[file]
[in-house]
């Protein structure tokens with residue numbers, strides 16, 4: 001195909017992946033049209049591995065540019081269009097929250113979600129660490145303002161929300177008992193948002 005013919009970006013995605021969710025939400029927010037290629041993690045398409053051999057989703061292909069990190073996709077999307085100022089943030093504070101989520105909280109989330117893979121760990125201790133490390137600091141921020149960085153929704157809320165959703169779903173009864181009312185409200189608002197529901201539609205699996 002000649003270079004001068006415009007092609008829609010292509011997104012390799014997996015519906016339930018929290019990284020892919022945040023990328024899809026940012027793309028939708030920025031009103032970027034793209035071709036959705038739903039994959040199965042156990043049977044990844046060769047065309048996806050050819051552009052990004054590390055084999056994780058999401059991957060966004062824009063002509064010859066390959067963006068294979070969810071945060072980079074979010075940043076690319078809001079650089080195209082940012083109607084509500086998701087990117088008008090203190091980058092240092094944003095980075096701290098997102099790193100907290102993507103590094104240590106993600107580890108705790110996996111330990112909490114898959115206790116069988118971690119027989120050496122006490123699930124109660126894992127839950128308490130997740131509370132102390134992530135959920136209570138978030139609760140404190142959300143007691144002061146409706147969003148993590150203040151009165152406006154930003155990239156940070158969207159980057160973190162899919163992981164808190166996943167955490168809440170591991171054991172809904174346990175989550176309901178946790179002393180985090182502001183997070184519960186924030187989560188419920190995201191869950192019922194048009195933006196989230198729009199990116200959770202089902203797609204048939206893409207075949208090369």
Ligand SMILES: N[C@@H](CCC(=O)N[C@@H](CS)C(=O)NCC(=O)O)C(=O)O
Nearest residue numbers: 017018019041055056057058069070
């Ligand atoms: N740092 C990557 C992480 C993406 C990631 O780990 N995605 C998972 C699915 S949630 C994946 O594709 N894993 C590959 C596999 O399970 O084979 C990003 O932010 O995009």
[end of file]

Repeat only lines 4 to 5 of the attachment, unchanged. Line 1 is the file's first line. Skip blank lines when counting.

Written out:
Nearest residue numbers: 017018019041055056057058069070
């Ligand atoms: N740092 C990557 C992480 C993406 C990631 O780990 N995605 C998972 C699915 S949630 C994946 O594709 N894993 C590959 C596999 O399970 O084979 C990003 O932010 O995009």